The best time to begin troubleshooting and maintenance of your combustion system is at startup. That's when you can set the stage for the most optimal -- and safe -- plan.

A typical horizontal natural gas-fired duct burner element is shown.
Photo courtesy of Coen

The safety of combustion equipment personnel and their physical surroundings begins at burner system startup. To help operators, Coen Co. Inc., Foster City, Calif., prepared and posted a white paper, "Optimizing Duct Burner Reliability and Performance through Regular Maintenance and Inspection," on its web site. Written by Harold F. Honath Jr., P.E., a Coen engineer, the information contains guidelines for safe troubleshooting and maintenance of duct burners.

The startup of a duct burner should follow a specific sequence. Honath writes that the guidelines he spells out are based on NFPA 85, Boiler and Combustion Systems Hazards Code, and on Chapter 4 (Fundamentals of Boiler Combustion Systems) and Chapter 8 (Heat Recovery Steam Generators), both of which apply to duct burners.

Honath says that NFPA 85 is an important and invaluable reference and tool for burner operators and maintenance personnel because it establishes minimum requirements for design, installation, operation, training and maintenance of combustion systems.

The white paper lists six main steps in the start-up sequence for duct burners:
  1. Establish safety permissives, including those covering master fuel trip (MFT) conditions, prove all safety shutoff valves closed, no flame detected, and no system stops activated.
  2. Conduct duct burner purge.
  3. Be sure the fuel-flow control valve is in the light-off position.
  4. Conduct a pilot trial for ignition.
  5. Conduct a main burner trial for ignition.
  6. Release of the burner to modulation by the control system.
Safety permissives include all master fuel trip signals (see NFPA 85 Section or your job-specific sequence of operations). These trip signals can come from pressure switches, transmitters, control system contacts and valve-position switches. These devices should be checked at least semiannually for proper generation of trip signals at the required setpoint and for resetting to normal condition within the proper deadband. For critical service, if operations allow it, monthly inspections may be prudent.

Flame scanners must prove that no flame is present in order to proceed beyond Steps 1 through 3, and must prove that a flame is present for Steps 4, 5 and 6. These devices must be properly sighted to pick up a strong signal when a flame is present, and typically are mounted on an adjustable swivel-ball mount. They should be sighted by a qualified start-up technician during commissioning and should only require re-sighting if the swivel mount is accidentally directionally altered. A scanner can be thrown out of alignment from vibrations as well as from personnel using the device as a step or foothold.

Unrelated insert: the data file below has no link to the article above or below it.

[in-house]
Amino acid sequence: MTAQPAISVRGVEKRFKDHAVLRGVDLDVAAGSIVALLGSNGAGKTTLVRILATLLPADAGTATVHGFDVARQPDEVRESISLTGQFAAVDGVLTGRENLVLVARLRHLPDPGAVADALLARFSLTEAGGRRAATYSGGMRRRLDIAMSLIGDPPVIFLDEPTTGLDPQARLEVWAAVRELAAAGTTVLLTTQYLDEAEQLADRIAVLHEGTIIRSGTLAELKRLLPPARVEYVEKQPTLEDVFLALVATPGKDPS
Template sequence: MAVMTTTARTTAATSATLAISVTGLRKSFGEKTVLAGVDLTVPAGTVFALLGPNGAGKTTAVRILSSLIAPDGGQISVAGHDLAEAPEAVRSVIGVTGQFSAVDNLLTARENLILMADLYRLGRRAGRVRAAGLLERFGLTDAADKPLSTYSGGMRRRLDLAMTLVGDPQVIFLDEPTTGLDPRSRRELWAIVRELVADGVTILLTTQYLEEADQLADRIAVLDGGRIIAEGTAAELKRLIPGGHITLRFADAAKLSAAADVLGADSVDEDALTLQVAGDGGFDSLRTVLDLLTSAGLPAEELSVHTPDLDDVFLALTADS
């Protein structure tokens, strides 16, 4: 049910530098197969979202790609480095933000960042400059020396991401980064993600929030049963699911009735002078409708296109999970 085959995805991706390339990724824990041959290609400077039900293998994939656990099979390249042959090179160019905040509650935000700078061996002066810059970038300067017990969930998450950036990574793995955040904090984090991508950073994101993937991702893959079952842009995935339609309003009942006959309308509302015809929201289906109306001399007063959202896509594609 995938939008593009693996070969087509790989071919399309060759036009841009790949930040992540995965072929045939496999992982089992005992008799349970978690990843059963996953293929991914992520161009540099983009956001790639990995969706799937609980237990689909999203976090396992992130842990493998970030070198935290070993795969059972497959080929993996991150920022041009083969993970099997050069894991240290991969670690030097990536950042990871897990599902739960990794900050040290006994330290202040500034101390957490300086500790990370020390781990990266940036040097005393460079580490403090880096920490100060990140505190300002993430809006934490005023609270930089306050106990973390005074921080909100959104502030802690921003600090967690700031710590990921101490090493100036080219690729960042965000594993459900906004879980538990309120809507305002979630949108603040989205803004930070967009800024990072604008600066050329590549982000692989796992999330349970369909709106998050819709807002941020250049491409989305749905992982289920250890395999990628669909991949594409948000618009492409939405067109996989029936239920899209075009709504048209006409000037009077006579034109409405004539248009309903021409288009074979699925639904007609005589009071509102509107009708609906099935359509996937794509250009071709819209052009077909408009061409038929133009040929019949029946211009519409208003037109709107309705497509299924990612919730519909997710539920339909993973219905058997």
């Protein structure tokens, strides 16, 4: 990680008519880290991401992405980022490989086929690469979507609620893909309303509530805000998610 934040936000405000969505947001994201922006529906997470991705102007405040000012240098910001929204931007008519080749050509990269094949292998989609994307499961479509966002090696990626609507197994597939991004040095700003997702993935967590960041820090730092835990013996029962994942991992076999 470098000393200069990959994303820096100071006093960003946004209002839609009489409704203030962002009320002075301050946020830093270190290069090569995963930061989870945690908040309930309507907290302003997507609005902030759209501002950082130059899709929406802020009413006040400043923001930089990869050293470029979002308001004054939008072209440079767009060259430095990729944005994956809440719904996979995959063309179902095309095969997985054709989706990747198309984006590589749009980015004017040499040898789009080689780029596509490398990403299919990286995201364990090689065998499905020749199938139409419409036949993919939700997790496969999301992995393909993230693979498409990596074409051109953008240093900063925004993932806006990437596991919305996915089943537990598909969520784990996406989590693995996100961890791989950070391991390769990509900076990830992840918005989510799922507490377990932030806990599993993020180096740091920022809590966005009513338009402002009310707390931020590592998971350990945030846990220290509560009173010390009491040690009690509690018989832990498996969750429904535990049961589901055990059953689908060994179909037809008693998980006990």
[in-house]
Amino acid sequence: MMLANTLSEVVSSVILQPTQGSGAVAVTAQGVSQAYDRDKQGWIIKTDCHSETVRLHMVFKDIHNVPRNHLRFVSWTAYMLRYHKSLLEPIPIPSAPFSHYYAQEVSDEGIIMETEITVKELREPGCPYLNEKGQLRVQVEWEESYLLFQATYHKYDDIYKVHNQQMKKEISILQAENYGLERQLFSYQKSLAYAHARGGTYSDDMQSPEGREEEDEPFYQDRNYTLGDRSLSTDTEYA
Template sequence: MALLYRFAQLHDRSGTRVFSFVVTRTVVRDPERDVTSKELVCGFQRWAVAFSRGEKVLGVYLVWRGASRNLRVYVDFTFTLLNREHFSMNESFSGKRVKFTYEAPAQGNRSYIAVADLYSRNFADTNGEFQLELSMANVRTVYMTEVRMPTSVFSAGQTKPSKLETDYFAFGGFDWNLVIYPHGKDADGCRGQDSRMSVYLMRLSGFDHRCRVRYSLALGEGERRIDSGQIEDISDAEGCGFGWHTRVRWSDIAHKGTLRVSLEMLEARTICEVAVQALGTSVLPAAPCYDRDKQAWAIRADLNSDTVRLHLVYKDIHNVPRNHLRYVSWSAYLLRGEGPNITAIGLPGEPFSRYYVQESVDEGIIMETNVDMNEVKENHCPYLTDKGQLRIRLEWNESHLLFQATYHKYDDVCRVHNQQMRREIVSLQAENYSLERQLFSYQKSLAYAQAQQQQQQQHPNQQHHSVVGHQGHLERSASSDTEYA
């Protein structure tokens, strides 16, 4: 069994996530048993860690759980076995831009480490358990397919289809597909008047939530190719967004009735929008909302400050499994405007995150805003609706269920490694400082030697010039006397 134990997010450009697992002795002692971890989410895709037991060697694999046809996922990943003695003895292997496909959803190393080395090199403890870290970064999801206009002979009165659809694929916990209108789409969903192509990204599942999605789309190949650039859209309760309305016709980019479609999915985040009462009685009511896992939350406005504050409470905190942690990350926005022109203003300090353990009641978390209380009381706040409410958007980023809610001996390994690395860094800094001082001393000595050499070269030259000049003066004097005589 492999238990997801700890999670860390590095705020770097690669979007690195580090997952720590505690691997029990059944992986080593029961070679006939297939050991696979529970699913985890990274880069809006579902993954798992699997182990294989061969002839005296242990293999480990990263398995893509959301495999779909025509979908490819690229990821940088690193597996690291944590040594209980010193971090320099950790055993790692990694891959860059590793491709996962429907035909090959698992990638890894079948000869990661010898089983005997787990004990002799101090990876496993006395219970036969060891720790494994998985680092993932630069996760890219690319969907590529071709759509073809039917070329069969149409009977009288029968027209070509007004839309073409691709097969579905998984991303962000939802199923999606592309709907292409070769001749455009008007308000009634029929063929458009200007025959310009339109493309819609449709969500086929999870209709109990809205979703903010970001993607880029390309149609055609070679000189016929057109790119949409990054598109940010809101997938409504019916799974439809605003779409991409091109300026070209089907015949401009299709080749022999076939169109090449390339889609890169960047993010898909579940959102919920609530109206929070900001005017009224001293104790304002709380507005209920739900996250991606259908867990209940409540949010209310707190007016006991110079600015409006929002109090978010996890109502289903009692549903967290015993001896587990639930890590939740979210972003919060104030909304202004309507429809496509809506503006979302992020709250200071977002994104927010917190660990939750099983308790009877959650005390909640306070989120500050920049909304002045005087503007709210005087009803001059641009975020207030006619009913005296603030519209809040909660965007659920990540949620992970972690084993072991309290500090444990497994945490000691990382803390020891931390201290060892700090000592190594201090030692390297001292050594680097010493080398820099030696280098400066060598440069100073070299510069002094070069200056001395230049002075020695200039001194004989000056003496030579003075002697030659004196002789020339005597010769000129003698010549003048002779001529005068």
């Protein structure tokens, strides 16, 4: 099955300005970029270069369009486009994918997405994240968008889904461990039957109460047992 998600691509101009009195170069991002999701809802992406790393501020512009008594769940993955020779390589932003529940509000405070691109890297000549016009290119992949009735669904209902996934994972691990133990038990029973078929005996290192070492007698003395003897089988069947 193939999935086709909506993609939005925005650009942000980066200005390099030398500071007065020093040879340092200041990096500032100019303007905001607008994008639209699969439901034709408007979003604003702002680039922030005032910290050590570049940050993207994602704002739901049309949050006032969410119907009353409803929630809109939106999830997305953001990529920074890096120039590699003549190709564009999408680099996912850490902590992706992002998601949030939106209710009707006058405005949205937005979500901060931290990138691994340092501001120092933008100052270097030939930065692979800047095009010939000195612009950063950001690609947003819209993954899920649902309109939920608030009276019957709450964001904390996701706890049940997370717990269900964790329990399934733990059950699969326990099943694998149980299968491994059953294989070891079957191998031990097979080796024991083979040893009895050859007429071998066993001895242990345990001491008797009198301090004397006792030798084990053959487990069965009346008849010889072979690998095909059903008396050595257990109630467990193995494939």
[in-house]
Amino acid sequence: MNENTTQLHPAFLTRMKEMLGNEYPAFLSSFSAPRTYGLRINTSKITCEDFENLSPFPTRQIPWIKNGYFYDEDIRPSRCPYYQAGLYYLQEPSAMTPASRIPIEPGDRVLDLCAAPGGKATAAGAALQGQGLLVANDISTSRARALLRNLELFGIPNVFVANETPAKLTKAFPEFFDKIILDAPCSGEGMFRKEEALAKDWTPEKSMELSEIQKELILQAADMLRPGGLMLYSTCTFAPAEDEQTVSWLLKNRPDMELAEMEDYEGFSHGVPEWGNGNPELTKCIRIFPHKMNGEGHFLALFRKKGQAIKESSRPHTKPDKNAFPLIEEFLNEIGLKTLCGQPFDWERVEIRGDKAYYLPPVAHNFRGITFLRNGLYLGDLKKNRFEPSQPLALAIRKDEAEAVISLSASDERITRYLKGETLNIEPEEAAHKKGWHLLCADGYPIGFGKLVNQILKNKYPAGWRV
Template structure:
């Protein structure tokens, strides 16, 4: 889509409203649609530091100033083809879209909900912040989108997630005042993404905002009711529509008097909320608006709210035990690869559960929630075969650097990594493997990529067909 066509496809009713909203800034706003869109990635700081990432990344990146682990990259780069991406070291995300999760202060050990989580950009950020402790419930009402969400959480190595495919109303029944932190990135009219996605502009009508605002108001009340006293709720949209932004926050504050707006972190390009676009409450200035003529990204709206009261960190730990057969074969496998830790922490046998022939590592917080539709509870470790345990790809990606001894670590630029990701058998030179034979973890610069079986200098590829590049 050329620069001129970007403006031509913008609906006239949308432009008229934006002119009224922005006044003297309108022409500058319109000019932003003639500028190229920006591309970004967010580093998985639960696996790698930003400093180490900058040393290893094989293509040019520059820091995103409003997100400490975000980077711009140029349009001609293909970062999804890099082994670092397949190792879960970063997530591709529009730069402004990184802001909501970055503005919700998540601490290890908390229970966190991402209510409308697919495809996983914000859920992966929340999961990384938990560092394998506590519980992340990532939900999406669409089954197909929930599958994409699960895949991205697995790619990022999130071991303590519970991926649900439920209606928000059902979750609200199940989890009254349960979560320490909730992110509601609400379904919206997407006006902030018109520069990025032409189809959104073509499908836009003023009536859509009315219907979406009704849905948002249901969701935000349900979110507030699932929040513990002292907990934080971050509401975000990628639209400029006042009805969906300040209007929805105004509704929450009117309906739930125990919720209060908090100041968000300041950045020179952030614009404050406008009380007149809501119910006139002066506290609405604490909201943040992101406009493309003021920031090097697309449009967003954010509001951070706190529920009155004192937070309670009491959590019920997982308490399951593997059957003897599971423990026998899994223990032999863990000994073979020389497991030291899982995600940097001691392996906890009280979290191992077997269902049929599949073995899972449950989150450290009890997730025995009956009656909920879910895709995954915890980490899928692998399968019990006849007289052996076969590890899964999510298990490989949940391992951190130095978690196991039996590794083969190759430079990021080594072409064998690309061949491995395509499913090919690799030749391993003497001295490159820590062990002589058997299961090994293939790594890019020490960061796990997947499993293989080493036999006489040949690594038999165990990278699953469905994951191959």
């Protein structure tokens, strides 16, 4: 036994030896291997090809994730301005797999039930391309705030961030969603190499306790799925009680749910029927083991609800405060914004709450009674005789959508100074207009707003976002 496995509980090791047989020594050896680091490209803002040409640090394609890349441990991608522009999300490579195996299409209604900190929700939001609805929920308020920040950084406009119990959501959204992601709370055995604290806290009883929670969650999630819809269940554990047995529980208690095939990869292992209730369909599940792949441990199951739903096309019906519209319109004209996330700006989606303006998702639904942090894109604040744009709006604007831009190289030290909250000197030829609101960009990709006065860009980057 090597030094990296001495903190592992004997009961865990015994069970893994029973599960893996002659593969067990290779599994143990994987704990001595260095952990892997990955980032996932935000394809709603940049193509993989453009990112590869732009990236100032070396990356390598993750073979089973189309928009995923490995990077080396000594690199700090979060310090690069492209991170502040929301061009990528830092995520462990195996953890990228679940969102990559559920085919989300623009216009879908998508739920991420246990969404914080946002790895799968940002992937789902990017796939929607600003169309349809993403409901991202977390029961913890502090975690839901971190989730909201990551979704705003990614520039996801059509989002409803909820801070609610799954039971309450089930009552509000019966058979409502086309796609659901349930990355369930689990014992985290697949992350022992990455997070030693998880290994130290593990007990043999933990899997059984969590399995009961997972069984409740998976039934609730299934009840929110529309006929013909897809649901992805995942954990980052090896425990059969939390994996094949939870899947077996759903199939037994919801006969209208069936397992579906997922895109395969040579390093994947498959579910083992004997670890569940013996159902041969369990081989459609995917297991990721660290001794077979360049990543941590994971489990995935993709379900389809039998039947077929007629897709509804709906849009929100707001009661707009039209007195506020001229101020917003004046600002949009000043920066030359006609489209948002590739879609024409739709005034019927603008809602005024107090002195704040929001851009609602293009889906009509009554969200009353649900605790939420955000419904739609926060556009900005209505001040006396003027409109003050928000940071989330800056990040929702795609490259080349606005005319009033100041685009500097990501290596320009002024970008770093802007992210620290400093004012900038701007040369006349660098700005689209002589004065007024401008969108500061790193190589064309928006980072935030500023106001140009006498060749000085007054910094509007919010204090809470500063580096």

Most scanners have quartz lenses that can pick up dust and dirt over time, absorbing ultraviolet radiation and causing loss of flame-signal strength. A schedule should be set, based on operating history, to clean these lenses regularly using a clean soft cloth. Precautions need to be taken when removing a scanner head while the duct is hot.

Scanners can be tested with an open flame from a lighter, which also can verify the integrity of the wiring back to the distributed control system (DCS). Inspection of scanners should include verification that conduit connections are tight to prevent water intrusion.

All fuel safety shutoff valves must be proven closed in order for Steps 1 through 3 to proceed. These redundant valves are of critical importance to ensure that fuel is not entering the unit when the burner is shut down. These valves fail closed and require power to open. If they are kept clean internally by strainers upstream in the fuel line, they will require little maintenance. Proper operation and switch settings should be checked semiannually. Leak testing should be performed monthly. Coen provides a leak-test valve downstream of each safety shutoff valve to facilitate leak testing with the shutoff valve pressured upstream and blocked downstream.